Evening of Entropy envelops Englewood

A student panel reflects on the intersections of black identity and faith.


Courtesy of Zan Christ

From left, sophomore and co-coordinator Frances Verner; sophomore, co-coordinator and host Stef Holland; and senior and panelist Aria Gilliam speak at the Evening of Entropy panel on April 10.

Kelly Holm, Senior Reporter

Though sophomore Stef Holland, sophomore Guled Said and senior Aria Gilliam follow different religious paths, all came together for an April 10 panel, titled Evening of Entropy, to explore the connections between their faith traditions and their African-American identity.

“Black places of worship in general have always been places where black people can come together and have dialogue,” Holland, co-coordinator and host of the panel, said.

Evening of Entropy was held in Sorin’s Gathering Place. Sophomore Frances Verner and Coordinator of Religious and Spiritual Life Programs Zan Christ collaborated with Holland to organize it. In addition to Said and Gilliam, a third panelist was slated to contribute, but was unable to attend due to weather.

A point referenced frequently throughout the discussion was the juxtaposition of two prominent twentieth-century black spiritual figures- Malcolm X and Martin Luther King, Jr.-  as foils and rivals, both in terms of religious belief and approach to social change.

“We kind of normalize this idea that [MLK] was a pacifist… We always place him in conjunction to Malcolm X, and this idea that Malcolm X was violent,” Gilliam said. “We forget that Malcolm X and MLK were friends who learned a lot from each other.”

Said, a Muslim, especially credits Malcolm X with helping to shape his philosophy and understanding of his faith, from the time he first read his memoir in eighth grade.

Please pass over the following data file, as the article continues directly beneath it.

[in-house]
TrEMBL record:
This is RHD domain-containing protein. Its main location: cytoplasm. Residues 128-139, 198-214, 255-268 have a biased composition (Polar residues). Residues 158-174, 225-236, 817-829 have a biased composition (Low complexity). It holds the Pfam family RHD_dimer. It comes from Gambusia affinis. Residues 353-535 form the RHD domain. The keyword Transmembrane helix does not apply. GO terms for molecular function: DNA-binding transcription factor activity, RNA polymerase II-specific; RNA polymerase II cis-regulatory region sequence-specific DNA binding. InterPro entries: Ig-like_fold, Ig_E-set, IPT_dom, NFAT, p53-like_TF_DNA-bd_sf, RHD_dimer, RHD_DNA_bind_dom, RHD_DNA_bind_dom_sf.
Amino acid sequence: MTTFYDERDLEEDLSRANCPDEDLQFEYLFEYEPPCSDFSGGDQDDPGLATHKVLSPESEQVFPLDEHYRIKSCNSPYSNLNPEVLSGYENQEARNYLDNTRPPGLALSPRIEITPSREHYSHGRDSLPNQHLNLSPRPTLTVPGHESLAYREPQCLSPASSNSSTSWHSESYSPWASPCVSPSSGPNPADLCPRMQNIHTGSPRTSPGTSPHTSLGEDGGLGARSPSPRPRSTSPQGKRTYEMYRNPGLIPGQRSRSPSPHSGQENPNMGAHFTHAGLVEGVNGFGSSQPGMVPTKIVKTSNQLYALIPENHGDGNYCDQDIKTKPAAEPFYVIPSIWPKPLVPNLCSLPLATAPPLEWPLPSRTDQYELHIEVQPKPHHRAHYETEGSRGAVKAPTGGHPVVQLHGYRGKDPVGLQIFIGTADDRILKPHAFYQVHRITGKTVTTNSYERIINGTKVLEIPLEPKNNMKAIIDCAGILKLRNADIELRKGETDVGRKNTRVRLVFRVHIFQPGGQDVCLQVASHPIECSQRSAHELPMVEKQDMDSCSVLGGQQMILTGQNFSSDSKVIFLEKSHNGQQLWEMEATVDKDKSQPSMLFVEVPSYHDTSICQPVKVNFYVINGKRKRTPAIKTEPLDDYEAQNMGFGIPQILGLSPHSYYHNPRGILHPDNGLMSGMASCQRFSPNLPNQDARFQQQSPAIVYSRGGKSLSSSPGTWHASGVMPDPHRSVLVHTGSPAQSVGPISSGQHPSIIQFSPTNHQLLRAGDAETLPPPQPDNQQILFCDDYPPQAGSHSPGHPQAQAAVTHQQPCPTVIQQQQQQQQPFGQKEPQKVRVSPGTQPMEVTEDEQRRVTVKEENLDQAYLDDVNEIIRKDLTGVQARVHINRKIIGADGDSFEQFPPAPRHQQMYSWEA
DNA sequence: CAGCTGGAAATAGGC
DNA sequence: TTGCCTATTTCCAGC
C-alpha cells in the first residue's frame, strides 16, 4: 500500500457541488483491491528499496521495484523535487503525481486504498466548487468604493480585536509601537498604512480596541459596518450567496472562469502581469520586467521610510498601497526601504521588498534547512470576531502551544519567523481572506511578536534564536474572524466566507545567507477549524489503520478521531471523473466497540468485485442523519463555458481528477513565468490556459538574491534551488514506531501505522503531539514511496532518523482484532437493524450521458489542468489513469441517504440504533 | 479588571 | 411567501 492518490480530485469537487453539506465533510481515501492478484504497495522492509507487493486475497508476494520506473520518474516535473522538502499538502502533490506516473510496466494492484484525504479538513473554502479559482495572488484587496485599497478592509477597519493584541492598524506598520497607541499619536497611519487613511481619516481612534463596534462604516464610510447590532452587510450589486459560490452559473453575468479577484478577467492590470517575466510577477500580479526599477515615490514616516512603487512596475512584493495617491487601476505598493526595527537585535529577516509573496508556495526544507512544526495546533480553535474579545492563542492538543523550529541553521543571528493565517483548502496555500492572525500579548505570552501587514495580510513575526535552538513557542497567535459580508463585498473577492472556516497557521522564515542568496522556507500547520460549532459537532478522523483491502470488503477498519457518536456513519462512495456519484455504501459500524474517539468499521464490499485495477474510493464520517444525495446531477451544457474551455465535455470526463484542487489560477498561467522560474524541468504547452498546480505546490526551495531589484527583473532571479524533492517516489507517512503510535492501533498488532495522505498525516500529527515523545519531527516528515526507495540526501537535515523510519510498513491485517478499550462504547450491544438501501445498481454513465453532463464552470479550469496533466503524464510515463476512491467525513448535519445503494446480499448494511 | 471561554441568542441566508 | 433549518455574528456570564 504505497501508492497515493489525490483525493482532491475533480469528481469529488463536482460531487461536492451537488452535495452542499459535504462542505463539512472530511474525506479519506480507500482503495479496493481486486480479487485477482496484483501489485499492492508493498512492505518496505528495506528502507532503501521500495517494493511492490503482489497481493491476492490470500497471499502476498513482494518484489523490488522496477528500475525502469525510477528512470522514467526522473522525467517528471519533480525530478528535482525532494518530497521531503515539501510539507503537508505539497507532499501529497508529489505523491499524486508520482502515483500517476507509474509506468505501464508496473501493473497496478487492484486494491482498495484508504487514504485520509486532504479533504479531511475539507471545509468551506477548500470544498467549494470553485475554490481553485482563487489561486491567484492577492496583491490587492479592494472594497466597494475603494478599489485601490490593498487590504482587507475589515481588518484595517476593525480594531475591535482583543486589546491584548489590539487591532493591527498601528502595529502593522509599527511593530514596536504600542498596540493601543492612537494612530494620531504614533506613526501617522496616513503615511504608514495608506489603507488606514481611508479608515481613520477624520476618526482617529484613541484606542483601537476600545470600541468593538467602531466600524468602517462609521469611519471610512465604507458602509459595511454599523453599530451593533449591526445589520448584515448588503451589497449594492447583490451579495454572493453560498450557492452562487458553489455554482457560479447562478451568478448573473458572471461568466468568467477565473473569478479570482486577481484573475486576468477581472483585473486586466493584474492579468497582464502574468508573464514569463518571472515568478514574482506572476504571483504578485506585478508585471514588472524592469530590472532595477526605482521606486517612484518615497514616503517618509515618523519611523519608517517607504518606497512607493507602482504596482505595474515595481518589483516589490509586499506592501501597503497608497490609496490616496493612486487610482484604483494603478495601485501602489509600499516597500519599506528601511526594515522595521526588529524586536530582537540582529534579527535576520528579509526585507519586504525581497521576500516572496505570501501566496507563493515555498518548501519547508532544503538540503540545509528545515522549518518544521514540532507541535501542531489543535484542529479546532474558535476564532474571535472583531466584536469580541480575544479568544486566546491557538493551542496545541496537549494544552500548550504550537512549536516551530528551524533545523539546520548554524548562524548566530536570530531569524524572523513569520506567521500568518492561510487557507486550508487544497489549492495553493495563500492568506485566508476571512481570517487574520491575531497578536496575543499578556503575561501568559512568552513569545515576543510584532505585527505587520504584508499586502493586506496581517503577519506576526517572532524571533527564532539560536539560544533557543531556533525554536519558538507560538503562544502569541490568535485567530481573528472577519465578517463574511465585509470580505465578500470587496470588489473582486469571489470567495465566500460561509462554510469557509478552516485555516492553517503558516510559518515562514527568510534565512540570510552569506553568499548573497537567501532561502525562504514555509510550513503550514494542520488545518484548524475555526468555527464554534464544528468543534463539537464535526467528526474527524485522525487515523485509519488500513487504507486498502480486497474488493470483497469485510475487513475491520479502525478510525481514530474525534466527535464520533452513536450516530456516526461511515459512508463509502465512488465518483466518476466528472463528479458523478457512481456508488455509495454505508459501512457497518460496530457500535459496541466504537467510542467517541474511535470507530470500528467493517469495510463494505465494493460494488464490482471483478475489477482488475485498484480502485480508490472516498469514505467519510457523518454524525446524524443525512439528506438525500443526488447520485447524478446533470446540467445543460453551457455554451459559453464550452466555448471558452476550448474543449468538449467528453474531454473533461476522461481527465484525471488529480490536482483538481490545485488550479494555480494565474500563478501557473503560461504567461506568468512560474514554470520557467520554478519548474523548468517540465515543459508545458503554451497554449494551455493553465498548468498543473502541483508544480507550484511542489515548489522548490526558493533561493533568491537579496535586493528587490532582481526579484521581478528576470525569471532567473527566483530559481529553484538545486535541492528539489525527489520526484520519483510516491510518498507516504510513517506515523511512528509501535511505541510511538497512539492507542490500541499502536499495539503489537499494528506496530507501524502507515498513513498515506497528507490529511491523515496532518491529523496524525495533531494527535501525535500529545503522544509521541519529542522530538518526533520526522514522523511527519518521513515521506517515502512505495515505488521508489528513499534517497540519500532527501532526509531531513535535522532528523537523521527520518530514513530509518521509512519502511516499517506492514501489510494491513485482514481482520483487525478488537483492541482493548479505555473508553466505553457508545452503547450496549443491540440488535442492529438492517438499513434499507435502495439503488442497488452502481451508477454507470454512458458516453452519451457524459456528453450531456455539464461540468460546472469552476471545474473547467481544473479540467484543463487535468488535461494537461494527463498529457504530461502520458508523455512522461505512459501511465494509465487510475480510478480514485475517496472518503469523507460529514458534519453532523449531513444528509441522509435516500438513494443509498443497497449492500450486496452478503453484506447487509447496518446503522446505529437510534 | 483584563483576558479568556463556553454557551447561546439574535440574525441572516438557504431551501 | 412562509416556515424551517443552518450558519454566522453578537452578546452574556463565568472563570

“As a young’un, I was a troublemaker. It took a black security guard to come up to me and give me ‘The Autobiography of Malcolm X,’” Said said. “When I read that book, it really changed my life and changed my perspective on everything.”

The panelists described the experience of coming into their own faith as adults for the first time. Gilliam was raised by her father, a Baptist minister in Arkansas.

“‘Wake up, go to church. Wednesdays, go to Bible Study. Saturdays, go to choir practice’” is how Gilliam described the religious routine of her youth. Then, “I began questioning, I realized that many of my beliefs were formed by the imposition of Christianity on me and not by my choice.”

Now, Gilliam says the description that best fits her current beliefs is Ecowomanism, with an emphasis on obligation to and connection with the earth, although she dislikes the imposition of a label.

“I still believed in the Most High, I still believed in something greater than myself,” Gilliam said. “Now I’m at a point to where I’m choosing what I believe, and I’m developing the language to articulate why I believe what I believe.”

Said reflected on his spiritual maturation since adolescence. Though he remained in his childhood religion, he, like Gilliam, also had to choose his beliefs.

“When I was in high school and I would pray, I didn’t have intentions. Now when I pray I have intentions, knowing that the struggle keeps going on. I’m praying for better days,” Said said. “Like [Gilliam] said, you have a choice… Islam was the perfect religion for me. I felt perfect, I felt righteous, I felt like a better person in general.”

Despite productive discussion and Holland’s passion for multifaith communication in the black community, attendance was sparse, and Said blamed more than the untimely snowstorm.

“I believe that black people can benefit from interfaith dialogue, but I also feel like nobody would have that dialogue,” Said said. “Look at the size of this room. We’ve got two black folks attending, and we’ve got a school full of black people.”